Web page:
Global warming and climate change is already reshaping coastlines due to higher waters. Pretty soon our next big cities will have to be at sea. But how will they make sustainable food?
Being able to look into the future is a skill that mankind has dreamed about for thousands of years. But seasteading expert Marc Collins believes that the future lies in floating cities where we'll be able to grow meat in laboratories and drink desalinated sea water. It's not that crazy (at all) to believe that once the sea levels rise far enough that humanity will have to either leave the planet or adapt to the new high waters. Marc Collins is the co-founder of Blue Frontiers, a company that aims to design these cities on the sea.
Who will live on the this brand-new floating nation in the South Pacific—and how?
Seasteading began as a thought experiment: imagine a sovereign Libertarian utopia in international waters, far from the reach of any government. Over the last decade, this dream has inched closer and closer to reality. But establishing a completely independent floating city in the ocean isn't simple--or cheap. The Seasteading Institute compromised a little on its independence and instead sought a partnership with an established nation that could support their project while having a very light hand on regulations. The idea grew out of and caused a stir in Silicon Valley, was widely reported in the media, and Marc Collins, a former government minister in French Polynesia, saw an opportunity for symbiosis. The Seasteading Institute needs internet connectivity, energy solutions, food, and government permission to establish themselves in the South Pacific Ocean, while Polynesians are very interested in the technology needed to build floating cities—a concern at the front of their minds as sea levels rise—and in economic growth. And so Collins co-founded Blue Frontiers, a world-first company that builds societies on the sea. But who will live on this brand-new floating nation in the South Pacific—and how? Marc Collins explains the feats of engineering that are making this vision a reality.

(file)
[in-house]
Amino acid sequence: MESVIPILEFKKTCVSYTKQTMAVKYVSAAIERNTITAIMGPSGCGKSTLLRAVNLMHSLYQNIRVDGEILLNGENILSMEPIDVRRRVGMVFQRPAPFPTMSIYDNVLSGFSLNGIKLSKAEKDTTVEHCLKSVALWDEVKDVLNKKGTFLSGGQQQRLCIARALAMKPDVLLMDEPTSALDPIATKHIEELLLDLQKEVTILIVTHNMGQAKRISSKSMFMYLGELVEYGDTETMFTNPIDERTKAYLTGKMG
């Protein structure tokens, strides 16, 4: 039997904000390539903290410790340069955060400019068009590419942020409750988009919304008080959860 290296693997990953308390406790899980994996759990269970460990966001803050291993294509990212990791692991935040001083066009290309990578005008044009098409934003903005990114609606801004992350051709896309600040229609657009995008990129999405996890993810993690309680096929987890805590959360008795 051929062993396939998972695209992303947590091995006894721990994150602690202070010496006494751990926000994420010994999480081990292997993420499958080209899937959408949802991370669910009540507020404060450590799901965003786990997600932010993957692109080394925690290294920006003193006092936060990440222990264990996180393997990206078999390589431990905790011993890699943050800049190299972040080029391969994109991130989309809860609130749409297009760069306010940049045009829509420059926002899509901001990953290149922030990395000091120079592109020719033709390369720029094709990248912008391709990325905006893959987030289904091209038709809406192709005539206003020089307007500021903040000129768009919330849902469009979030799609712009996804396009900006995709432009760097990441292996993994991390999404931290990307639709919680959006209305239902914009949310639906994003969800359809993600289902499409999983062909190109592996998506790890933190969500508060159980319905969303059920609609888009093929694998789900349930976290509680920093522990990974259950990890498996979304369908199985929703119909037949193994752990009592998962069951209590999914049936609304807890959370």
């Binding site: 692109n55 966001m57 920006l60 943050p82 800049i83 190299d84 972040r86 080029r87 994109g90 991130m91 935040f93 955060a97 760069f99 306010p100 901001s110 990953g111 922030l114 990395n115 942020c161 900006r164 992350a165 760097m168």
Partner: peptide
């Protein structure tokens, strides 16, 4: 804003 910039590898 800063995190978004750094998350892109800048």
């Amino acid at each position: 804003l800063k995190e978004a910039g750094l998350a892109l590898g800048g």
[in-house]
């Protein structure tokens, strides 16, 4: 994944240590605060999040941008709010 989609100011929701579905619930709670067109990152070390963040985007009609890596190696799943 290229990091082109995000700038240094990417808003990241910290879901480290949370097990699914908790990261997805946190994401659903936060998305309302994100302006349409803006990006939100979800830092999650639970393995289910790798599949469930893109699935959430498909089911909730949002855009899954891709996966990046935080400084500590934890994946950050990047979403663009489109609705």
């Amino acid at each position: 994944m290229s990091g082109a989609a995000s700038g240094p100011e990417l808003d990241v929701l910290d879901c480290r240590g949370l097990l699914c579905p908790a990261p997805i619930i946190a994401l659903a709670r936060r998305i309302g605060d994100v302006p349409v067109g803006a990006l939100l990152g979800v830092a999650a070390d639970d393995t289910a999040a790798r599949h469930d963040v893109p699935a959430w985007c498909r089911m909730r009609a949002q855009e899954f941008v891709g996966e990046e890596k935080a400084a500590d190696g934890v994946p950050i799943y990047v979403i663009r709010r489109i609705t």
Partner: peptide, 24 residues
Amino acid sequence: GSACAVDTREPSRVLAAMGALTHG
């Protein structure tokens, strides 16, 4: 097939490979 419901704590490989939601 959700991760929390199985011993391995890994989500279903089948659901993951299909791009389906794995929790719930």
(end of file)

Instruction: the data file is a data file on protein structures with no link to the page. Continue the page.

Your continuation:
Marc Collins was born in Hawai’i, the son of an American father and Tahitian mother, raised in Mexico City and attended college in the United States. He returned to his mother’s home country of Tahiti, in 1991, where he became involved in the family business of black pearl farming and retailing. He ran a successful chain of Tahitian pearl jewelry boutiques and after 17 years in the business, was invited to join the government as Minister of Tourism from 2007 until 2008.
In 2010, he launched French Polynesia’s first challenger Internet Service Provider, Viti, offering the first wireless 4G network on the island of Tahiti. From March 2012 to March 2013, Marc was the Area Manager, Pacific Islands, for the Hawaiki Submarine Cable, which will soon be connecting New Zealand to Hawaii.
In May 2013, Marc and four other partners launched Tahiti’s first OTT (over the top) entertainment platform, NiuTV. In November 2015, NiuTV became the 3rd licensed Internet Service Provider in French Polynesia, under the brand “Smart Tahiti Networks”.
In 2017, Marc became an Ambassador for The Seasteading Institute, as well as a co-founder and VP of Public Affairs for Blue Frontiers.